The Sopranos

Season 5 Episode 6

Sentimental Education

Aired Unknown Apr 11, 2004 on HBO
out of 10
User Rating
192 votes

By Users

Episode Summary

Tony B. makes an honest effort to go straight as he prepares to open his own massage studio, but a mysterious bag of money tempts him back to his old habits. A.J. moves back in with his mother after a fight with Tony, while Carmela pursues her relationship with her son's guidance counselor.moreless

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  • A mini-masterpiece of characterization

    I don't know if I could disagree with the previous review more. As always, The Sopranos forces us as viewers to get away from our complacency in thinking the show is all violence and bravado. This is a show that's always, at heart, been about the full bewildering humanity of its characters. This season seems to be about the way Tony's mentality manifests itself in the people he influences, and in that, "Sentimental Education" is pivotal for the season, and arguably the most revealing episode ever about who Carmela really is. In her smoldering affair with AJ's principal, there's an unconscious need to manipulate him - she blames his perceptions, but really, she's very much to blame for seizing an opportunity before her and forcing the principal's hand in adjusting AJ's grades. In truth, that's the essence of what draws her to Tony - she can go round after round over her guilt on what Tony's done, but beneath her protesting, she understands and upholds his opportunistic logic. That goes double for Tony B., who barely needs the whiff of the good life to switch teams. His moment of violence against Kim is such a shock because it's completely irrational, a violent outburst of temper from an apple that clearly didn't fall too far from the Soprano family tree.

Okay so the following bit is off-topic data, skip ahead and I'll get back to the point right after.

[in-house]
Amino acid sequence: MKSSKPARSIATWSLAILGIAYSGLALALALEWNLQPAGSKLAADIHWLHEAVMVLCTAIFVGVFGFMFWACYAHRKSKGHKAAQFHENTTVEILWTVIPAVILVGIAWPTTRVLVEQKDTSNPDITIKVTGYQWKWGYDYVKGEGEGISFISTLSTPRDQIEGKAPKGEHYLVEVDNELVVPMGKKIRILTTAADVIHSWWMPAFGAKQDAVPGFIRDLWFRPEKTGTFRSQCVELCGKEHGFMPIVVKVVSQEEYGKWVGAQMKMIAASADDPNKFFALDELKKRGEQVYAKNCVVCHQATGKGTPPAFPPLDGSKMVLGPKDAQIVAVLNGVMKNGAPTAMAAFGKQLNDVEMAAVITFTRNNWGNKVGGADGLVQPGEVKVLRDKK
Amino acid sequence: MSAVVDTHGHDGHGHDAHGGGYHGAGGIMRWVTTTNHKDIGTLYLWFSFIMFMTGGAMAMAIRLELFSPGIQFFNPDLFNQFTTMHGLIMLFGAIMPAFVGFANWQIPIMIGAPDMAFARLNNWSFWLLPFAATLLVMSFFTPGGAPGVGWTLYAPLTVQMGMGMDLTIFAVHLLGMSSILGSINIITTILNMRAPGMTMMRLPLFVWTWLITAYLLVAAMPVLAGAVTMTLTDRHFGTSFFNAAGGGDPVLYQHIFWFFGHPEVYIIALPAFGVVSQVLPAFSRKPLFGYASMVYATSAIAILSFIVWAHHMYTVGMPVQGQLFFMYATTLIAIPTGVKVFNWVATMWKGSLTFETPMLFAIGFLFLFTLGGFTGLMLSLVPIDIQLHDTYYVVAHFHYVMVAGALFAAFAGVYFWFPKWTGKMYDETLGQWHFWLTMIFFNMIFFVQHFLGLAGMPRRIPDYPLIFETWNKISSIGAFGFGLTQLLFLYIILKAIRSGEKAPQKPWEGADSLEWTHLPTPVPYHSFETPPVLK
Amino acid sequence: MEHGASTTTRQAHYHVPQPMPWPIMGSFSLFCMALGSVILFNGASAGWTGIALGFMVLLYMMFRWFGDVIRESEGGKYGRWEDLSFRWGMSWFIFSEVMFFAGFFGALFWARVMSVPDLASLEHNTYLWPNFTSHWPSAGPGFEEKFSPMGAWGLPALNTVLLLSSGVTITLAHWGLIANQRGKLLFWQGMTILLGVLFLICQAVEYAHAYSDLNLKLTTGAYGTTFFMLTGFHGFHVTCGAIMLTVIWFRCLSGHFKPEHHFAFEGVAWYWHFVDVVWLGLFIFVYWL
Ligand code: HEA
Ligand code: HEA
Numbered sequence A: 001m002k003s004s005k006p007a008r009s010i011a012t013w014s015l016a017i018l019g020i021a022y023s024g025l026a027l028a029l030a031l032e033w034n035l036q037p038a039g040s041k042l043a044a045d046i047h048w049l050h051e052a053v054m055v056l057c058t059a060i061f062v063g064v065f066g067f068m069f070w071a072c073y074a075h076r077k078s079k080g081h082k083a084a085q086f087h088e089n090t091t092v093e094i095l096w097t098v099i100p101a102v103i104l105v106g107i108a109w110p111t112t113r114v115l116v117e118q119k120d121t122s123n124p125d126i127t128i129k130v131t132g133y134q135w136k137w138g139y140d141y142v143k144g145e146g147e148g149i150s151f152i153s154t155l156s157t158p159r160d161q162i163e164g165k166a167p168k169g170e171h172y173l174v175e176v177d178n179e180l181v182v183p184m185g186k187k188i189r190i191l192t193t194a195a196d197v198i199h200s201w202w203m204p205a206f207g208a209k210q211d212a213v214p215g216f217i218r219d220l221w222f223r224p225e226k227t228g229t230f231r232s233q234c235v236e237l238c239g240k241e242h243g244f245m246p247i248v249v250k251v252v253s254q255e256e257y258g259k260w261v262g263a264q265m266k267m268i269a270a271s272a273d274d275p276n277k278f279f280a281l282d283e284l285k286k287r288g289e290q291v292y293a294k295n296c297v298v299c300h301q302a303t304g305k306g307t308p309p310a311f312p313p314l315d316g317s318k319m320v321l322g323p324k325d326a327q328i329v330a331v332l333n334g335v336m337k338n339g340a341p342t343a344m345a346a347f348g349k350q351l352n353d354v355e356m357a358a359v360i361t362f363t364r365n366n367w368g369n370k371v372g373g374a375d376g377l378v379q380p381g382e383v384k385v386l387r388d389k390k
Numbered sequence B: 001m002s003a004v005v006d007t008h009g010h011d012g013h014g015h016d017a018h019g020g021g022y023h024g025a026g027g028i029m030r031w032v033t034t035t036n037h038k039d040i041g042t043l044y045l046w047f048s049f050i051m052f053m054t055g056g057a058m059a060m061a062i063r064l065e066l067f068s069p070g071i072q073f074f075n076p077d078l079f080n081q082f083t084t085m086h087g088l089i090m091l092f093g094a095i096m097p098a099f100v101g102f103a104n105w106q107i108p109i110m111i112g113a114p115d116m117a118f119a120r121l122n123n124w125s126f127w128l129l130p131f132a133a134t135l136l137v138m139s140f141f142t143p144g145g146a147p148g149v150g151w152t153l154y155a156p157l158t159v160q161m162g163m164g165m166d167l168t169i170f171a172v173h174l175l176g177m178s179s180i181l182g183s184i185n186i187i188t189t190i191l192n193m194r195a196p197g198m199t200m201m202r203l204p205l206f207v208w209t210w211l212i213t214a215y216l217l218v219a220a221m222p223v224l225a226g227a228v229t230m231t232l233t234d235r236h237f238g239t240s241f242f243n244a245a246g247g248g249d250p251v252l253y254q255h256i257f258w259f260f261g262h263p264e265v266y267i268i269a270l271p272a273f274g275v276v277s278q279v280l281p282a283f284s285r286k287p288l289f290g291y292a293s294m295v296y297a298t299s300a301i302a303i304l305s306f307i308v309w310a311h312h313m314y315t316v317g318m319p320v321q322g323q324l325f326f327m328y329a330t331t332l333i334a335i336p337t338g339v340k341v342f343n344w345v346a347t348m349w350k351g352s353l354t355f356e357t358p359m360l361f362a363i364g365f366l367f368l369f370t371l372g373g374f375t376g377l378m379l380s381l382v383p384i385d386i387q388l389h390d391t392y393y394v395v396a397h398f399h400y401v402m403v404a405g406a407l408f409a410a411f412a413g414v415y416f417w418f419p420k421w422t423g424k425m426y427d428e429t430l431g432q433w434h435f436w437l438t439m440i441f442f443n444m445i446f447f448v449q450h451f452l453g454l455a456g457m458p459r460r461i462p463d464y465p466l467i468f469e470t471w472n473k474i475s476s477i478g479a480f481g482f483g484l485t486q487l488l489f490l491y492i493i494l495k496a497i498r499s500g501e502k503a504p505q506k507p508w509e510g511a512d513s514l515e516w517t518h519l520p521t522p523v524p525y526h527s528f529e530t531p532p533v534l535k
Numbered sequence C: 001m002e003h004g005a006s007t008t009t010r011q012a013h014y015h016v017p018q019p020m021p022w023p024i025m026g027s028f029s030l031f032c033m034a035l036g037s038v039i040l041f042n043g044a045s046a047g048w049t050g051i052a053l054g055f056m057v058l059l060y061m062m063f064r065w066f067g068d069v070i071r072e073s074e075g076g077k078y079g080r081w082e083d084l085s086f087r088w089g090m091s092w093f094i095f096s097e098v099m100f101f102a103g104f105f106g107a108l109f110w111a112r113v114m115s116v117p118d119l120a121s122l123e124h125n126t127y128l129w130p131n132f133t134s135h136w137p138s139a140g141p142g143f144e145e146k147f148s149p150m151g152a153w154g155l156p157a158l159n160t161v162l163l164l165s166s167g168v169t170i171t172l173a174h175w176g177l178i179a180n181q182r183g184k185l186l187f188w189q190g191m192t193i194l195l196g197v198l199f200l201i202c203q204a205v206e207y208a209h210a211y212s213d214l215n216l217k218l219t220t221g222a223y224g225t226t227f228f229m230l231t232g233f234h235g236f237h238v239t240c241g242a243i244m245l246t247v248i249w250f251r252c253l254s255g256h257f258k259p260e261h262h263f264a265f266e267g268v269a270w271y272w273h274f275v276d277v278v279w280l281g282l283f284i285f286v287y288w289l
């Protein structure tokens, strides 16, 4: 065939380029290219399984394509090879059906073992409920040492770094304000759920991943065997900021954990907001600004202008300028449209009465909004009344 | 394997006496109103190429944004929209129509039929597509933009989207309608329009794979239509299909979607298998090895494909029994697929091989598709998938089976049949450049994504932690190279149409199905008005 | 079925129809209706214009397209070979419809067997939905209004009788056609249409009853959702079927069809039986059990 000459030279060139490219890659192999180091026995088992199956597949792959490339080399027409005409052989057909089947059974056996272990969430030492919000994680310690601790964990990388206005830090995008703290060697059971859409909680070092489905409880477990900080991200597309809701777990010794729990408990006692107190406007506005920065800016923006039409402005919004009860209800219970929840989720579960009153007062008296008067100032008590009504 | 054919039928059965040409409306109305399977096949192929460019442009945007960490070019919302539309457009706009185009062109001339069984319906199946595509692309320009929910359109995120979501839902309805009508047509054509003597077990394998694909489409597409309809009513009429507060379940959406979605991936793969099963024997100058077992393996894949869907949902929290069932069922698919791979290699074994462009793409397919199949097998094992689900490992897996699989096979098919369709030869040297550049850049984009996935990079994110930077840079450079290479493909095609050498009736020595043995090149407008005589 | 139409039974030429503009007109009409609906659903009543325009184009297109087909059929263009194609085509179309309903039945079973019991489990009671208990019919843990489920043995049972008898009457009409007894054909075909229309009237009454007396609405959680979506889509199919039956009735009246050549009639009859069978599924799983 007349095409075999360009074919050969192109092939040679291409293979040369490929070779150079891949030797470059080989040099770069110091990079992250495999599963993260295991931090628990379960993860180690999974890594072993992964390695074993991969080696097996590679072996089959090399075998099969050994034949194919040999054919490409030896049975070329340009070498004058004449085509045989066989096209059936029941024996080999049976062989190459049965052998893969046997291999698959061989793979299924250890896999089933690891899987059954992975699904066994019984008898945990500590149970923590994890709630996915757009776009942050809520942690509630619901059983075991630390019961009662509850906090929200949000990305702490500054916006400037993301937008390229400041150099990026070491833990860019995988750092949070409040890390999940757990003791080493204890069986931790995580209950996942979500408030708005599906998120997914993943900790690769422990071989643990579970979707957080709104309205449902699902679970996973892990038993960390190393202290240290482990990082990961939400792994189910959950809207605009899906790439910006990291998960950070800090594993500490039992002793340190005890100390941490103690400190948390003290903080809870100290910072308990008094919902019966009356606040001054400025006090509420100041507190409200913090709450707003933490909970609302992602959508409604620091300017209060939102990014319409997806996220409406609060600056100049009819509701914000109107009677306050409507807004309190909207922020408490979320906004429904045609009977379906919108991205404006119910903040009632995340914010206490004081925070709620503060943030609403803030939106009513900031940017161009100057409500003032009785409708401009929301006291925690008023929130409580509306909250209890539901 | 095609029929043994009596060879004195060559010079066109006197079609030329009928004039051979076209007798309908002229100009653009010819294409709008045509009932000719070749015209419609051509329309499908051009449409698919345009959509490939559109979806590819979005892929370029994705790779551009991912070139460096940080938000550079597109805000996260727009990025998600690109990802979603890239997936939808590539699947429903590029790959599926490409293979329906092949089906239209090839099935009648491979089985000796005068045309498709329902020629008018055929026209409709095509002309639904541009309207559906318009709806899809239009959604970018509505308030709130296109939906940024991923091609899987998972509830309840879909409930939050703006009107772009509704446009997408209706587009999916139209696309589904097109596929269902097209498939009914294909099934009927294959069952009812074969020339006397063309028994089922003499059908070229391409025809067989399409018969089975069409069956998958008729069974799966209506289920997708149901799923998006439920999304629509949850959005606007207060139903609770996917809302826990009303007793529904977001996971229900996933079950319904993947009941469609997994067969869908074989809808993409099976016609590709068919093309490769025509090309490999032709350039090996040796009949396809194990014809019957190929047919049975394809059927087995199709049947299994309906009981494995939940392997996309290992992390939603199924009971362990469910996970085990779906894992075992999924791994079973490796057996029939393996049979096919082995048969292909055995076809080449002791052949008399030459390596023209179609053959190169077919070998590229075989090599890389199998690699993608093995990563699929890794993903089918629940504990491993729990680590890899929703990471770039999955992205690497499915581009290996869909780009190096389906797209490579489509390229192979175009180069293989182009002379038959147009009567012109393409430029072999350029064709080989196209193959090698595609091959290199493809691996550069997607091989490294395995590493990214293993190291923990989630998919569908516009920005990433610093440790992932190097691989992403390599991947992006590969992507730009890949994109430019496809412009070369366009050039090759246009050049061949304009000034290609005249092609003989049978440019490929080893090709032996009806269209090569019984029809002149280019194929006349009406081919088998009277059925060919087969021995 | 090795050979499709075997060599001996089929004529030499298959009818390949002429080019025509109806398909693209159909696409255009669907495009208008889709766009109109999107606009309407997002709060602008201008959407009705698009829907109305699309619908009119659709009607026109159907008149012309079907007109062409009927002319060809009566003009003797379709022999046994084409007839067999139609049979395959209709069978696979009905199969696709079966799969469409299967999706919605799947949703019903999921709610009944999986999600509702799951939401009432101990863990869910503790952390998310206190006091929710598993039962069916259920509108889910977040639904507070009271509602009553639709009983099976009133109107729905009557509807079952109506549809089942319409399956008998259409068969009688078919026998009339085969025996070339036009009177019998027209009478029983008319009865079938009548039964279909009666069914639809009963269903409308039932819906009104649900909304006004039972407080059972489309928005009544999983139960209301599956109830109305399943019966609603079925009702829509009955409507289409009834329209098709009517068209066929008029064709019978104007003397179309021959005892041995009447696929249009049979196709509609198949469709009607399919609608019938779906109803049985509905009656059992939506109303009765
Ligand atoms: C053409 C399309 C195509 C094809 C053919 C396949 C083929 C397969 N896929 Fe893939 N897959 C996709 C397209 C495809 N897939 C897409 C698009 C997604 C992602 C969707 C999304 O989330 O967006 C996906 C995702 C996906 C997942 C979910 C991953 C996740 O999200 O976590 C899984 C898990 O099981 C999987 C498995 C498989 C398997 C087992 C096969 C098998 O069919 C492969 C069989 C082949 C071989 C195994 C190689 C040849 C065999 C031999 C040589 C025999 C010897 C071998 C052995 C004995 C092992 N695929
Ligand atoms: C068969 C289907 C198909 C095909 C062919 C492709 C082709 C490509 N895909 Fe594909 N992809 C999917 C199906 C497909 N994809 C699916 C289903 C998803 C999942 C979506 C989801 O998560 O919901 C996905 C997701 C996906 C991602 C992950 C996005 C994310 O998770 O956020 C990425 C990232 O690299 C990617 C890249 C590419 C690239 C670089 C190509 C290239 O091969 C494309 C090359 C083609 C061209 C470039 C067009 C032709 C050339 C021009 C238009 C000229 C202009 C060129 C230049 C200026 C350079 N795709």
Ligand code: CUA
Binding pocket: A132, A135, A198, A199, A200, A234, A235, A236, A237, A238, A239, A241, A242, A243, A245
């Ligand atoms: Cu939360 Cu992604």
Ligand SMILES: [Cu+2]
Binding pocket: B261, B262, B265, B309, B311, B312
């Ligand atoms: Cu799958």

And just to be thorough here, Bogdanovich may be a "veteran director" in the sense that he's made his share of movies, but he has also only made one good one (The Last Picture Show). If you ask me, it's not that he makes the episode more engaging through his insight into the fight scenes, it's that this show allowed him to make the second best piece of work in his career - his sentimental lens finds its perfect subject in Edie Falco's quietly captivating performance.moreless